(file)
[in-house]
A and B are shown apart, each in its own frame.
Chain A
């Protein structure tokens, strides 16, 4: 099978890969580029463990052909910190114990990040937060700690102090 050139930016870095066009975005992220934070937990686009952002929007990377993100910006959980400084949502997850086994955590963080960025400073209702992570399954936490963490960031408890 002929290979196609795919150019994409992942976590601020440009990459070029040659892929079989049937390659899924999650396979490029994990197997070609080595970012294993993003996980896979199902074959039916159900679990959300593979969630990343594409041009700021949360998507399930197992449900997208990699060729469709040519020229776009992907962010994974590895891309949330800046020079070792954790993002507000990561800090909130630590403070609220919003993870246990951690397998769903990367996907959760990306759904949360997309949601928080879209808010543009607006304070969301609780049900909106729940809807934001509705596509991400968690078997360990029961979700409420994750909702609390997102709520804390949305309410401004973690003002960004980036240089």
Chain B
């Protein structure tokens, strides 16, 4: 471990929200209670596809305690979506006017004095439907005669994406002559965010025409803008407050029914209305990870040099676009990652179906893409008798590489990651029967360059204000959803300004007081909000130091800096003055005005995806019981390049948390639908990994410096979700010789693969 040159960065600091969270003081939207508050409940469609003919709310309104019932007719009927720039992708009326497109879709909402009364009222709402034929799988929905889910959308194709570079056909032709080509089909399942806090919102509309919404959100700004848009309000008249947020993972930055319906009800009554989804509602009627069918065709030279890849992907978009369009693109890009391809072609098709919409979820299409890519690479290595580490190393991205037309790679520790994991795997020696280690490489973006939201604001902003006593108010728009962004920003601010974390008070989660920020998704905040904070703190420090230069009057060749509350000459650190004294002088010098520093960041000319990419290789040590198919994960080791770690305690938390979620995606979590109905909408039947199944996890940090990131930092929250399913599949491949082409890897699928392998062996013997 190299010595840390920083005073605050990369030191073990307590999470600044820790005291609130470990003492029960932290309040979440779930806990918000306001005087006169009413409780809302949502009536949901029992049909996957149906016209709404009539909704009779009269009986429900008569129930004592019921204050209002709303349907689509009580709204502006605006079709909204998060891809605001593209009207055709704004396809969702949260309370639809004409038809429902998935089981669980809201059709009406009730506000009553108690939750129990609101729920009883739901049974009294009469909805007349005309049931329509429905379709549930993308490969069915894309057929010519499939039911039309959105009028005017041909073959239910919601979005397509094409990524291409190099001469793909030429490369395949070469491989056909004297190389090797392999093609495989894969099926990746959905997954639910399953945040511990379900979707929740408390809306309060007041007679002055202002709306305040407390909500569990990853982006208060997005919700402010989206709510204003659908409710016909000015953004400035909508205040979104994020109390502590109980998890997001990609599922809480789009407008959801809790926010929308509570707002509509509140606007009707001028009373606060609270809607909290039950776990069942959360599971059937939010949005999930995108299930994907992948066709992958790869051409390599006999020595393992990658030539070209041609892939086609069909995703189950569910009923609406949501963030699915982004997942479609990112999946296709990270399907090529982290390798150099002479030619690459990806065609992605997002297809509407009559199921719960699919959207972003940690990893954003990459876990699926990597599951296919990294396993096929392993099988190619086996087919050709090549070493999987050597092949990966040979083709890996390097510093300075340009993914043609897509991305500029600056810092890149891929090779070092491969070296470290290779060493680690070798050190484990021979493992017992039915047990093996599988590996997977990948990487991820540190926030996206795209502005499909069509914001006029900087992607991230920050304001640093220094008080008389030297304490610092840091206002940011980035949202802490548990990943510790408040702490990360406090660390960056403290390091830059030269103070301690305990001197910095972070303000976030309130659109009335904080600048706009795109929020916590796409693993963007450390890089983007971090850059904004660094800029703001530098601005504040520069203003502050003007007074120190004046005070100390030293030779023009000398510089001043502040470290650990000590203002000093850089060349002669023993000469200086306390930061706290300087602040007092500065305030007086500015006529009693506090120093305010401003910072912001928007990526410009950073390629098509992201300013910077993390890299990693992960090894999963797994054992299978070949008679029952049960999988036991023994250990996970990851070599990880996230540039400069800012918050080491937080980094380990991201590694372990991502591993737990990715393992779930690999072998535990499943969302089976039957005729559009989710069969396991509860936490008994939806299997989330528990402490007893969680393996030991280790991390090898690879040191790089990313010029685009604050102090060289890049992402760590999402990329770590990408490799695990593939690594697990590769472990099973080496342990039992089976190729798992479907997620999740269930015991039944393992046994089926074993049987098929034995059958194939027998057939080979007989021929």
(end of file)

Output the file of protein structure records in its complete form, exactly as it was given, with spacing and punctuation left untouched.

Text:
[in-house]
A and B are shown apart, each in its own frame.
Chain A
């Protein structure tokens, strides 16, 4: 099978890969580029463990052909910190114990990040937060700690102090 050139930016870095066009975005992220934070937990686009952002929007990377993100910006959980400084949502997850086994955590963080960025400073209702992570399954936490963490960031408890 002929290979196609795919150019994409992942976590601020440009990459070029040659892929079989049937390659899924999650396979490029994990197997070609080595970012294993993003996980896979199902074959039916159900679990959300593979969630990343594409041009700021949360998507399930197992449900997208990699060729469709040519020229776009992907962010994974590895891309949330800046020079070792954790993002507000990561800090909130630590403070609220919003993870246990951690397998769903990367996907959760990306759904949360997309949601928080879209808010543009607006304070969301609780049900909106729940809807934001509705596509991400968690078997360990029961979700409420994750909702609390997102709520804390949305309410401004973690003002960004980036240089």
Chain B
């Protein structure tokens, strides 16, 4: 471990929200209670596809305690979506006017004095439907005669994406002559965010025409803008407050029914209305990870040099676009990652179906893409008798590489990651029967360059204000959803300004007081909000130091800096003055005005995806019981390049948390639908990994410096979700010789693969 040159960065600091969270003081939207508050409940469609003919709310309104019932007719009927720039992708009326497109879709909402009364009222709402034929799988929905889910959308194709570079056909032709080509089909399942806090919102509309919404959100700004848009309000008249947020993972930055319906009800009554989804509602009627069918065709030279890849992907978009369009693109890009391809072609098709919409979820299409890519690479290595580490190393991205037309790679520790994991795997020696280690490489973006939201604001902003006593108010728009962004920003601010974390008070989660920020998704905040904070703190420090230069009057060749509350000459650190004294002088010098520093960041000319990419290789040590198919994960080791770690305690938390979620995606979590109905909408039947199944996890940090990131930092929250399913599949491949082409890897699928392998062996013997 190299010595840390920083005073605050990369030191073990307590999470600044820790005291609130470990003492029960932290309040979440779930806990918000306001005087006169009413409780809302949502009536949901029992049909996957149906016209709404009539909704009779009269009986429900008569129930004592019921204050209002709303349907689509009580709204502006605006079709909204998060891809605001593209009207055709704004396809969702949260309370639809004409038809429902998935089981669980809201059709009406009730506000009553108690939750129990609101729920009883739901049974009294009469909805007349005309049931329509429905379709549930993308490969069915894309057929010519499939039911039309959105009028005017041909073959239910919601979005397509094409990524291409190099001469793909030429490369395949070469491989056909004297190389090797392999093609495989894969099926990746959905997954639910399953945040511990379900979707929740408390809306309060007041007679002055202002709306305040407390909500569990990853982006208060997005919700402010989206709510204003659908409710016909000015953004400035909508205040979104994020109390502590109980998890997001990609599922809480789009407008959801809790926010929308509570707002509509509140606007009707001028009373606060609270809607909290039950776990069942959360599971059937939010949005999930995108299930994907992948066709992958790869051409390599006999020595393992990658030539070209041609892939086609069909995703189950569910009923609406949501963030699915982004997942479609990112999946296709990270399907090529982290390798150099002479030619690459990806065609992605997002297809509407009559199921719960699919959207972003940690990893954003990459876990699926990597599951296919990294396993096929392993099988190619086996087919050709090549070493999987050597092949990966040979083709890996390097510093300075340009993914043609897509991305500029600056810092890149891929090779070092491969070296470290290779060493680690070798050190484990021979493992017992039915047990093996599988590996997977990948990487991820540190926030996206795209502005499909069509914001006029900087992607991230920050304001640093220094008080008389030297304490610092840091206002940011980035949202802490548990990943510790408040702490990360406090660390960056403290390091830059030269103070301690305990001197910095972070303000976030309130659109009335904080600048706009795109929020916590796409693993963007450390890089983007971090850059904004660094800029703001530098601005504040520069203003502050003007007074120190004046005070100390030293030779023009000398510089001043502040470290650990000590203002000093850089060349002669023993000469200086306390930061706290300087602040007092500065305030007086500015006529009693506090120093305010401003910072912001928007990526410009950073390629098509992201300013910077993390890299990693992960090894999963797994054992299978070949008679029952049960999988036991023994250990996970990851070599990880996230540039400069800012918050080491937080980094380990991201590694372990991502591993737990990715393992779930690999072998535990499943969302089976039957005729559009989710069969396991509860936490008994939806299997989330528990402490007893969680393996030991280790991390090898690879040191790089990313010029685009604050102090060289890049992402760590999402990329770590990408490799695990593939690594697990590769472990099973080496342990039992089976190729798992479907997620999740269930015991039944393992046994089926074993049987098929034995059958194939027998057939080979007989021929």